Undermining Intrinsic Motivation

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Bianca Lavorata


This paper will examine the possible effects of extrinsic rewards on intrinsic motivation in Preschool to College students and argue that extrinsic rewards undermine intrinsic motivation. The Overjustification hypothesis by self-perception theory, as well as the cognitive evaluation theory (CET) will be discussed, including some of the benefits of self-motivation for learning. Various studies will be explored to show that extrinsic rewards reduce intrinsic motivation. Results suggest that students that are offered an extrinsic goal subsequently show less intrinsic interest and demonstrate poorer conceptual learning and performance in the long term. Alternately, students that are regulated by intrinsic motivations experience positive consequences at school. This paper will conclude on the note that intrinsic motivation plays a pivotal role in learning, and that teachers and other social agents can help promote intrinsic goals to motivate conceptual learning and performance, even when students hold a stronger extrinsic goal orientation. Finally, various factors that can enhance and develop intrinsic motivation will be discussed, and suggestions will be provided for further research on this topic.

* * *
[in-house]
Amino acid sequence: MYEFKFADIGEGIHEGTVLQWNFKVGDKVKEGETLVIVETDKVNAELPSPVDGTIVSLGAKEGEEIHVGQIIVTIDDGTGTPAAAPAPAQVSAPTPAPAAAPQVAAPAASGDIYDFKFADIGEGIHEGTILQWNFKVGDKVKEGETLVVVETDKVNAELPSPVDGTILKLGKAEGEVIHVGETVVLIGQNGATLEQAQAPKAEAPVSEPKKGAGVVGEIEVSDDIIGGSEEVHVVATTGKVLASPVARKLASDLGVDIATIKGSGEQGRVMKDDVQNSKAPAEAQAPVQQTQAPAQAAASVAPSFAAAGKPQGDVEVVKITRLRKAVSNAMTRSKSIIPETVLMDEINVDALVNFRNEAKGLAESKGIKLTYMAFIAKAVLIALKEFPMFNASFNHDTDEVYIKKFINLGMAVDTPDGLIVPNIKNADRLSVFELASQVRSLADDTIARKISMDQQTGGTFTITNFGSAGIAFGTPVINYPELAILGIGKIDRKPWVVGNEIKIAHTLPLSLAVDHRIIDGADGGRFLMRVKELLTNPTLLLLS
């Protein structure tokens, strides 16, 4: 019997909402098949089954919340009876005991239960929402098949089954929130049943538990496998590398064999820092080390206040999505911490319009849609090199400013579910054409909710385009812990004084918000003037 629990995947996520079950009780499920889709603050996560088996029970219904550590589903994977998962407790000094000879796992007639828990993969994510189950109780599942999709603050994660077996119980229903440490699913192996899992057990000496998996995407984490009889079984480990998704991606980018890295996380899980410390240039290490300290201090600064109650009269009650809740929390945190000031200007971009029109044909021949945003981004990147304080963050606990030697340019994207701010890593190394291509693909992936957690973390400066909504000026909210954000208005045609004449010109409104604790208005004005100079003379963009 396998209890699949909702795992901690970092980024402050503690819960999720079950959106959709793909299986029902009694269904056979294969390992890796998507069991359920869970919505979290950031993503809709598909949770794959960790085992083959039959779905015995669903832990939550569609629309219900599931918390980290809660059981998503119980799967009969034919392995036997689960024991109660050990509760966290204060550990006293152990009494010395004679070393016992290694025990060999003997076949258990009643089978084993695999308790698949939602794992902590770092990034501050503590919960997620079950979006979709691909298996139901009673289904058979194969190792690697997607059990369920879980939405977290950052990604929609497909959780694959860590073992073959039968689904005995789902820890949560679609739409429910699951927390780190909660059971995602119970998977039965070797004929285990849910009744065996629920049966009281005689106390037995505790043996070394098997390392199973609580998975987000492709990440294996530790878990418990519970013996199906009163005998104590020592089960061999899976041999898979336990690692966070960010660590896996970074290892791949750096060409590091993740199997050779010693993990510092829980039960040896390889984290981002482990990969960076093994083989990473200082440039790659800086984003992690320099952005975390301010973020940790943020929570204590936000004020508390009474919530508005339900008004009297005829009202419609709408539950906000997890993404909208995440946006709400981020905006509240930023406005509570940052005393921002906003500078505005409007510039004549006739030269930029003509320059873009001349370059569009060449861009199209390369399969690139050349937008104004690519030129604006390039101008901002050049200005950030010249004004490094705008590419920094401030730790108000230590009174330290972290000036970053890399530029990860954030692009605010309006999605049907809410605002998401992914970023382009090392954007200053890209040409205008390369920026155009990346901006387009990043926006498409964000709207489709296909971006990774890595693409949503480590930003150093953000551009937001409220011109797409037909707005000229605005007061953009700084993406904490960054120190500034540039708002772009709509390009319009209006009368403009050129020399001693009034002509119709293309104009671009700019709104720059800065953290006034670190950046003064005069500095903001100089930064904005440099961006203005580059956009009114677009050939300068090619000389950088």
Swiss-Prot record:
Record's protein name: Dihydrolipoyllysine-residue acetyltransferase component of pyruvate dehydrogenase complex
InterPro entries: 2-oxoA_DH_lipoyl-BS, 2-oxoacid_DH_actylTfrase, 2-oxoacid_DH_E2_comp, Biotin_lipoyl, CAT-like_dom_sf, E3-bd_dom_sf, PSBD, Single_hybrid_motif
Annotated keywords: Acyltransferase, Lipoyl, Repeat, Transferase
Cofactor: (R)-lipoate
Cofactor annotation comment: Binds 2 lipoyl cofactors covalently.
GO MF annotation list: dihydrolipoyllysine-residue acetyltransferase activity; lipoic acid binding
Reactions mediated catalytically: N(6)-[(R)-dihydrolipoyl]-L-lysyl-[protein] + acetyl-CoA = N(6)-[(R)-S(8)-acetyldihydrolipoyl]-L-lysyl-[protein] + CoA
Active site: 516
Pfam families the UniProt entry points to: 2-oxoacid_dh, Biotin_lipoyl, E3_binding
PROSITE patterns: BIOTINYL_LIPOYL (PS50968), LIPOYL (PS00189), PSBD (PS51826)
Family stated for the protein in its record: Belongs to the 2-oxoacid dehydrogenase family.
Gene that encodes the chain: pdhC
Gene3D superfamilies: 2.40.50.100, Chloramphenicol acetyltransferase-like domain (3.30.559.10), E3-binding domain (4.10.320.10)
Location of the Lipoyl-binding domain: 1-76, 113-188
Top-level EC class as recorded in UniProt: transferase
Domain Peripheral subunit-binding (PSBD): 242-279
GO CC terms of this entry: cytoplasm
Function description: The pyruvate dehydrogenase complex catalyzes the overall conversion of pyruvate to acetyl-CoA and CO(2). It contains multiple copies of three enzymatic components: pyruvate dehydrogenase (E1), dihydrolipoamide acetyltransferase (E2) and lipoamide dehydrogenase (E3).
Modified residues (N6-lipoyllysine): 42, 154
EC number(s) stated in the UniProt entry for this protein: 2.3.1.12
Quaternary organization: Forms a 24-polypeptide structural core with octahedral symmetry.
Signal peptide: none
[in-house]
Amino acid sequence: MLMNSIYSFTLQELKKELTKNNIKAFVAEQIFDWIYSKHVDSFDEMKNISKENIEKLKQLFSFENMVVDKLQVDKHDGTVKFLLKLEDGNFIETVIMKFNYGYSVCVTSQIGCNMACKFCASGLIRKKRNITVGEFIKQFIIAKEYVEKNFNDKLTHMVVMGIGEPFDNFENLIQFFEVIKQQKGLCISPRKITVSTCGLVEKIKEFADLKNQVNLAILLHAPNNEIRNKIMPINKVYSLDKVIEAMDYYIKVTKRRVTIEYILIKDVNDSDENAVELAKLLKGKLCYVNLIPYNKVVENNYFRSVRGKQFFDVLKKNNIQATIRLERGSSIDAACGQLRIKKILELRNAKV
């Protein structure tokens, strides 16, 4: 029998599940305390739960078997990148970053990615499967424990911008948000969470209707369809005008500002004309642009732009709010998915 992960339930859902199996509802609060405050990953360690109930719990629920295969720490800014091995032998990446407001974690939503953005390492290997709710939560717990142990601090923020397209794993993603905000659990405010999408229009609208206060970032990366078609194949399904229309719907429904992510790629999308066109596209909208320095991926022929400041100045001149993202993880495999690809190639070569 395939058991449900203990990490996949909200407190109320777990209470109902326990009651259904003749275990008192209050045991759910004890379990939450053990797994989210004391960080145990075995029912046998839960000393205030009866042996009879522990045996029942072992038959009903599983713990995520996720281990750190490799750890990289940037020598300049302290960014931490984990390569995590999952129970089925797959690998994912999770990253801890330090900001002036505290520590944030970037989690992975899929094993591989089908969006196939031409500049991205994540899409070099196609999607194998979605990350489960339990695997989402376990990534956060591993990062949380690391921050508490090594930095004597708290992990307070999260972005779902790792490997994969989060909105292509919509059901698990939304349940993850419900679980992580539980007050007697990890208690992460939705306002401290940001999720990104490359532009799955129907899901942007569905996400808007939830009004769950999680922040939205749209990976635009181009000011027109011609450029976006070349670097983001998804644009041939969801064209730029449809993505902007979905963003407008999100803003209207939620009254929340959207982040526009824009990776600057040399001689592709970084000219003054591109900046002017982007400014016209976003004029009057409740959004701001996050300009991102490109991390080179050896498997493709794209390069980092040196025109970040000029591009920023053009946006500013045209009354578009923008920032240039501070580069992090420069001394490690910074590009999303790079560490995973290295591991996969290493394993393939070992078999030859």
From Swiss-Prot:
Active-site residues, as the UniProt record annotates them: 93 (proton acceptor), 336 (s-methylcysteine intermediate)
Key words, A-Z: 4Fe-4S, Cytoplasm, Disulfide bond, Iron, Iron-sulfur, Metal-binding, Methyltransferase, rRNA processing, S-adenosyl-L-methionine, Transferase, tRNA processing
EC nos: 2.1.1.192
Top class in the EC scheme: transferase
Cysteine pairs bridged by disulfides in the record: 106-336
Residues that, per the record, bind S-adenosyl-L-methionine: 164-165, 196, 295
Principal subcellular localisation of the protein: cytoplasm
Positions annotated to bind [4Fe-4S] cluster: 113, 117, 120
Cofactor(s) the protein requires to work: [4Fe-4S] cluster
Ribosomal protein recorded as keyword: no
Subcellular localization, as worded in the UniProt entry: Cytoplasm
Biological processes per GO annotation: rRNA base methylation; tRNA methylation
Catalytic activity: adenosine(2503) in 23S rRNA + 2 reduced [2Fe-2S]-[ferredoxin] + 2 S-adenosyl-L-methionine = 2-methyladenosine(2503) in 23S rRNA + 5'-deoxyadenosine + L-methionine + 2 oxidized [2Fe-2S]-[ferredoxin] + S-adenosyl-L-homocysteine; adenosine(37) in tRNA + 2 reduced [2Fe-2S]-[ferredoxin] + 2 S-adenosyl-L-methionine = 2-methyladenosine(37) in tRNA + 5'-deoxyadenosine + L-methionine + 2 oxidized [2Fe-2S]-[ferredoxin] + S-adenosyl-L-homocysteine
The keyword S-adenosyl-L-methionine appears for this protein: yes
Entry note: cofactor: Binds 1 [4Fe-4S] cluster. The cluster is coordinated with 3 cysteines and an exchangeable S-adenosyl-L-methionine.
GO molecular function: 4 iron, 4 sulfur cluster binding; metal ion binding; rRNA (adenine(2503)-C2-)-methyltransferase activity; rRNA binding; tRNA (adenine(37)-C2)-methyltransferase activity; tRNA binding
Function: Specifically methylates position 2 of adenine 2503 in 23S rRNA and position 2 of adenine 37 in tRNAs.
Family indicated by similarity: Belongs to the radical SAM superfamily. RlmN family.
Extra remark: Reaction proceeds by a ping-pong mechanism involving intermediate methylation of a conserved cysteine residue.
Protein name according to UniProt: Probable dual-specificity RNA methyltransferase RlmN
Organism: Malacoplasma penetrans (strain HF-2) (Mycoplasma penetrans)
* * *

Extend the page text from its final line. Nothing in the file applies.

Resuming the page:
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Lavorata, B. (2013). Undermining Intrinsic Motivation. SFU Educational Review, 6. https://doi.org/10.21810/sfuer.v6i.371